Less than 6 per cent of complaints about Nottinghamshire police officers over one year led to misconduct action, new figures show.
The Police Federation said the actions of a small proportion of officers from some forces should not harm the police's reputation.
However, the figures come in the wake of a number of high profile cases of police misconduct and criminal behaviour nationally.
These include former West Midlands detective Nicholas Taylor, who was found guilty of gross misconduct for selling sexual services to strangers, and Met officer Wayne Couzens, who was sentenced to life in prison for the kidnap, rape and murder of Sarah Everard last year.
Home Office figures show there were 1,064 formal complaints about officers in Nottinghamshire Police in the year to April 2021.
Of these, just 34 were referred to the official disciplinary process, launched when an officer is deemed to have a case to answer for misconduct or gross misconduct.
It meant just 5.3 per cent of all complaints led to misconduct proceedings, while no action was taken in 87 per cent of complaints.
A small number of allegations involving actions that do not amount to misconduct but fall short of expectations of police behaviour led to reflective review proceedings or performance reviews.
No police officers resigned or retired following the allegation made against them.
The complaints in 2020-21 involved 597 Nottinghamshire police officers – an officer can be subject to more than one allegation and an allegation can involve multiple officers.
Across England and Wales, 14,393 official complaints were made against police officers.
Only 1 per cent of these led to an official process to hear the case, while no action was taken in 92 per cent of grievances raised.
The Police Federation of England and Wales said most officers ‘come into the police service to protect the public and act with integrity and respect’.
Phill Matthews, federation conduct and performance lead, condemned the behaviour of a small minority, which he said should not taint the police's reputation.
He said: “The police service is very good at uncovering those that don’t deserve to be in the job.”
Nottinghamshire figures also show there were 83 allegations of ‘conduct matter’ offences, where there is an indication a crime has been committed – involving 47 police officers.
There were also 26 allegations against 14 officers for ‘recordable conduct’ matters, including those that caused serious harm or death, and allegations of sexual offences and corruption.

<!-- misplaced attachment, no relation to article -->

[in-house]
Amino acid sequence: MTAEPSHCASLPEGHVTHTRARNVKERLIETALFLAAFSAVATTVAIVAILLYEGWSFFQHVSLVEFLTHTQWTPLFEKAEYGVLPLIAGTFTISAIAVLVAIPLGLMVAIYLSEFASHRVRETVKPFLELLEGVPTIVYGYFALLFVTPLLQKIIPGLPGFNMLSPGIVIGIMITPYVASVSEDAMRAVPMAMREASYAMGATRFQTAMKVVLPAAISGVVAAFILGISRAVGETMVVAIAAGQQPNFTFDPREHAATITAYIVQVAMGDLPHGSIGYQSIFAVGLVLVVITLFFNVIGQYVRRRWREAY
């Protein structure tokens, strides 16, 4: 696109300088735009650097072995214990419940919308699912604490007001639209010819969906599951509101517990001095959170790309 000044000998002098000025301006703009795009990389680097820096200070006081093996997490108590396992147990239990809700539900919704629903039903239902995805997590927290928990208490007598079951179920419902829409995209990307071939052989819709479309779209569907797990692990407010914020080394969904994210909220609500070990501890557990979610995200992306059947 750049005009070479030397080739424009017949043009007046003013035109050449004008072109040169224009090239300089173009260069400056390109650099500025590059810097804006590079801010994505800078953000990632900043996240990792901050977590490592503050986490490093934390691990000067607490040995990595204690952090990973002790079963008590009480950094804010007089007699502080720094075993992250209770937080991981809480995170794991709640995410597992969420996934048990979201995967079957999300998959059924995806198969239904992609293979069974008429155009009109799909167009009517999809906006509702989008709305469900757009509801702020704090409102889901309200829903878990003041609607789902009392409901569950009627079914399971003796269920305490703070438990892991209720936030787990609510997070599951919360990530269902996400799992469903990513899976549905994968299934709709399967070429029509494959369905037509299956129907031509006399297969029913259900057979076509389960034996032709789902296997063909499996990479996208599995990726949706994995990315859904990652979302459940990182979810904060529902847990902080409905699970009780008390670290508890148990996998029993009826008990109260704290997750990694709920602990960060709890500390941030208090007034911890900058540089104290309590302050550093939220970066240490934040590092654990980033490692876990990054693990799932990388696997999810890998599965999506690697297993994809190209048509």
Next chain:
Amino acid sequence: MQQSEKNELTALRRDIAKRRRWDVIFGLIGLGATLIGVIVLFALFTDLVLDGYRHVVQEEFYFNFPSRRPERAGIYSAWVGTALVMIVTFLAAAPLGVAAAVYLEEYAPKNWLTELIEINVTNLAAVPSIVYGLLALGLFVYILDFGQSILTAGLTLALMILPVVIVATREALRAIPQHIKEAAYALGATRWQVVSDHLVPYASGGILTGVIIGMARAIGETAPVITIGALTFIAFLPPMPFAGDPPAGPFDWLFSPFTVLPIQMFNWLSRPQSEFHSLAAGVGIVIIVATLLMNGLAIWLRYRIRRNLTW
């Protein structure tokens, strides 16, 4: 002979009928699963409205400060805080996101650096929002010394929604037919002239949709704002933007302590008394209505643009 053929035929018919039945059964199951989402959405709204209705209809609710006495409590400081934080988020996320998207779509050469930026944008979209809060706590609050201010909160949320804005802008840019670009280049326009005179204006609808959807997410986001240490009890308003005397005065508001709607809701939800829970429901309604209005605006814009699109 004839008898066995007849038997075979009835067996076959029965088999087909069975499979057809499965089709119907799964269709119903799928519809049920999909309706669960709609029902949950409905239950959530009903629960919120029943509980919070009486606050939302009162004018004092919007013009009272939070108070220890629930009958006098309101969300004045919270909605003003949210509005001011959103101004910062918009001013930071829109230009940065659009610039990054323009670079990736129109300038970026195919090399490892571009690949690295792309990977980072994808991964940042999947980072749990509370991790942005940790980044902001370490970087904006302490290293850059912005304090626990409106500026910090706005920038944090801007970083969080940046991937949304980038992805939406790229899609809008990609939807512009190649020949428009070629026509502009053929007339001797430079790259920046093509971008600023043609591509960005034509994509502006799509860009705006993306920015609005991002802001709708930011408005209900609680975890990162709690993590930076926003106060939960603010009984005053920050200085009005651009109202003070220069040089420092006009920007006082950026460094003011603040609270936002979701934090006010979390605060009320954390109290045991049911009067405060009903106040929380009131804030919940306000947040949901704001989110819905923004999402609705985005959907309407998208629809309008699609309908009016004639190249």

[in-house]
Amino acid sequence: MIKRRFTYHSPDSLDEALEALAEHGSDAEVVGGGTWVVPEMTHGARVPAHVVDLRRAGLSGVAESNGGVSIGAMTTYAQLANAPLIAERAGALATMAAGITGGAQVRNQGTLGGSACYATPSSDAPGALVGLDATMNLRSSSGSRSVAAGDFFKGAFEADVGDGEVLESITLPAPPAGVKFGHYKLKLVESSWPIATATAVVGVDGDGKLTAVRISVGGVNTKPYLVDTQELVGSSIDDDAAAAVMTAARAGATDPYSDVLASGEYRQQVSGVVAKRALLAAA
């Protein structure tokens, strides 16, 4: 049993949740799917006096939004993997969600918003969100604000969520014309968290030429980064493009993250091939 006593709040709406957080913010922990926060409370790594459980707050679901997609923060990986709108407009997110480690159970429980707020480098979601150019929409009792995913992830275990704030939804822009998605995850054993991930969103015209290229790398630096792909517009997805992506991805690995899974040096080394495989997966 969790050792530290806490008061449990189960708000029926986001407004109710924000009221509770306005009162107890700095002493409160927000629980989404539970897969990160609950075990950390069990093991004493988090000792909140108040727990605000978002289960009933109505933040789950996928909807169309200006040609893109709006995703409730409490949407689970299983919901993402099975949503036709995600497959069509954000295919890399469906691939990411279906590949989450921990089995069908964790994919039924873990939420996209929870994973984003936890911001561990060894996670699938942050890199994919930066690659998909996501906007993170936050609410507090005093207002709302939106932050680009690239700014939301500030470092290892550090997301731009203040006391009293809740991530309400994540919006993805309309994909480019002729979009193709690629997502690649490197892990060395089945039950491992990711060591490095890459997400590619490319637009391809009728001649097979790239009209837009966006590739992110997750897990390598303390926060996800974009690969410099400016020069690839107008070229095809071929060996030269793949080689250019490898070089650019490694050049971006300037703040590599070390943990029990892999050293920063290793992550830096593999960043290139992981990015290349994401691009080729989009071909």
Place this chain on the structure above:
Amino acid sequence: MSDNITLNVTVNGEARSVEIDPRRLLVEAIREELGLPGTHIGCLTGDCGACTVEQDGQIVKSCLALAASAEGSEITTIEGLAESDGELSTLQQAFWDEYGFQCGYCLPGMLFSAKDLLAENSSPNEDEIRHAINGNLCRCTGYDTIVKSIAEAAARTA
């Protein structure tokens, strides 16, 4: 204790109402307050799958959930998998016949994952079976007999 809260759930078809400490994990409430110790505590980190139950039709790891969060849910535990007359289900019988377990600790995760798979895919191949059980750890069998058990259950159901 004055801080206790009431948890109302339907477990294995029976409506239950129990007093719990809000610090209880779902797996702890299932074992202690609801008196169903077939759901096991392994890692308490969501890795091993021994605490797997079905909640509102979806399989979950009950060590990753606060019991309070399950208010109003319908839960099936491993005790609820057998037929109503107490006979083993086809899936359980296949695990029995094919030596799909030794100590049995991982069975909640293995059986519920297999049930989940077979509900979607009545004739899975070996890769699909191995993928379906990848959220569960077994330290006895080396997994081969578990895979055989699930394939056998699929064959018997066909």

Some 26 conduct matters were referred to official proceedings, while 14 recordable conduct matters resulted in misconduct action.
The Independent Office for Police Conduct, which investigates the most serious police misconduct allegations, said an investigated case may not always lead to a finding of misconduct.
A spokesman said: “There are a range of options including organisational or individual learning, providing an explanation, or providing an apology.
“These are all designed to have a range of options to resolve the complaint.
“Therefore, only the most serious cases will result in proceedings.”
Assistant Chief Constable Rob Griffin, of Nottinghamshire Police, said: “The regulated police complaints and discipline system applicable to all forces in England and Wales enables Nottinghamshire Police to operate a transparent service and provide the public with a voice when they believe we have not met the very high standards we at all times strive to achieve.
“By listening to the full spectrum of dissatisfaction, Nottinghamshire Police will continually improve its service to communities.
“Throughout the year 2020/21, Nottinghamshire Police were able to quickly deal with 32 per cent of allegations to the satisfaction of the complainant without having to engage the formal complaints system.
“Where this was not possible, of all allegations finalised, 59 per cent were handled other than by way of investigation, in a reasonable and proportionate manner. The remaining nine per cent of those finalised allegations required a formal investigation by the force’s Professional Standards Directorate, or the Independent Office of Police Conduct.
“In only 8 per cent of those allegations was there an indication that a person serving with the police had committed a criminal offence or behaved in a manner that would justify the bringing of disciplinary proceedings.
“These figures demonstrate that on the vast majority of occasions our officers behave in the right way and maintain high professional standards.
"The force is committed to holding its officers to account on behalf of the public and should any officer or staff member misconduct themselves, they will be held to account.
"For the most serious proven allegations, officers and staff will face dismissal from Nottinghamshire Police and they will be banned nationally from re-entering policing, for life.”